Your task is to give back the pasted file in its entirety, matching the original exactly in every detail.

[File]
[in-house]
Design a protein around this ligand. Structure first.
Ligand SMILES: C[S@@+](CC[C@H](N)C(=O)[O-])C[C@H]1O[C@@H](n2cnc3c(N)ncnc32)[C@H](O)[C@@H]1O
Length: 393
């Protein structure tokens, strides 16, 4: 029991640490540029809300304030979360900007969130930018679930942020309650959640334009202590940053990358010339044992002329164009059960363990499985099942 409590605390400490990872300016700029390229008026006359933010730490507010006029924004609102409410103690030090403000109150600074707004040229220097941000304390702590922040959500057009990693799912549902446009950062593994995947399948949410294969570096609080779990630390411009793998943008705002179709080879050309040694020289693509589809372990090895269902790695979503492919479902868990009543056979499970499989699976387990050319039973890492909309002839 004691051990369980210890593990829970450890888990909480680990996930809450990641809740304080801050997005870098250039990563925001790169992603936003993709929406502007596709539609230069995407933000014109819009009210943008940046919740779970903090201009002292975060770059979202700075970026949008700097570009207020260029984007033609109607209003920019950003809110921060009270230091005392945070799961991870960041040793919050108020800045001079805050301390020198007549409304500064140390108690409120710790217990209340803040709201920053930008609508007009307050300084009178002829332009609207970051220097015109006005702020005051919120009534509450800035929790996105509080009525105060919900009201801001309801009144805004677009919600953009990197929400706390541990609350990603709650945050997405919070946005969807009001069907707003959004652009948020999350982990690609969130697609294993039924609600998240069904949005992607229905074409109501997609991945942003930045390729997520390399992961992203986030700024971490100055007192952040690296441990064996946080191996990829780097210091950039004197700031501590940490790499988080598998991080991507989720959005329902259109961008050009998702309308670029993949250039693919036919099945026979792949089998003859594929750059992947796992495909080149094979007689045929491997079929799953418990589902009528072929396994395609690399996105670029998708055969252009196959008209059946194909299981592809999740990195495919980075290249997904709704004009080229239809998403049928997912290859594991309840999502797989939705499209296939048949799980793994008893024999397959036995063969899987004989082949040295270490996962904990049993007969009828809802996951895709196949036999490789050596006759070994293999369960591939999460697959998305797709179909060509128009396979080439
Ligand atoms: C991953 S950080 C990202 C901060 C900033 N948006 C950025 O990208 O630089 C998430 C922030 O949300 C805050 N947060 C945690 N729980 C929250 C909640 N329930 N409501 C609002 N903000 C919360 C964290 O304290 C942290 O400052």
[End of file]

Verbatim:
[in-house]
Design a protein around this ligand. Structure first.
Ligand SMILES: C[S@@+](CC[C@H](N)C(=O)[O-])C[C@H]1O[C@@H](n2cnc3c(N)ncnc32)[C@H](O)[C@@H]1O
Length: 393
């Protein structure tokens, strides 16, 4: 029991640490540029809300304030979360900007969130930018679930942020309650959640334009202590940053990358010339044992002329164009059960363990499985099942 409590605390400490990872300016700029390229008026006359933010730490507010006029924004609102409410103690030090403000109150600074707004040229220097941000304390702590922040959500057009990693799912549902446009950062593994995947399948949410294969570096609080779990630390411009793998943008705002179709080879050309040694020289693509589809372990090895269902790695979503492919479902868990009543056979499970499989699976387990050319039973890492909309002839 004691051990369980210890593990829970450890888990909480680990996930809450990641809740304080801050997005870098250039990563925001790169992603936003993709929406502007596709539609230069995407933000014109819009009210943008940046919740779970903090201009002292975060770059979202700075970026949008700097570009207020260029984007033609109607209003920019950003809110921060009270230091005392945070799961991870960041040793919050108020800045001079805050301390020198007549409304500064140390108690409120710790217990209340803040709201920053930008609508007009307050300084009178002829332009609207970051220097015109006005702020005051919120009534509450800035929790996105509080009525105060919900009201801001309801009144805004677009919600953009990197929400706390541990609350990603709650945050997405919070946005969807009001069907707003959004652009948020999350982990690609969130697609294993039924609600998240069904949005992607229905074409109501997609991945942003930045390729997520390399992961992203986030700024971490100055007192952040690296441990064996946080191996990829780097210091950039004197700031501590940490790499988080598998991080991507989720959005329902259109961008050009998702309308670029993949250039693919036919099945026979792949089998003859594929750059992947796992495909080149094979007689045929491997079929799953418990589902009528072929396994395609690399996105670029998708055969252009196959008209059946194909299981592809999740990195495919980075290249997904709704004009080229239809998403049928997912290859594991309840999502797989939705499209296939048949799980793994008893024999397959036995063969899987004989082949040295270490996962904990049993007969009828809802996951895709196949036999490789050596006759070994293999369960591939999460697959998305797709179909060509128009396979080439
Ligand atoms: C991953 S950080 C990202 C901060 C900033 N948006 C950025 O990208 O630089 C998430 C922030 O949300 C805050 N947060 C945690 N729980 C929250 C909640 N329930 N409501 C609002 N903000 C919360 C964290 O304290 C942290 O400052």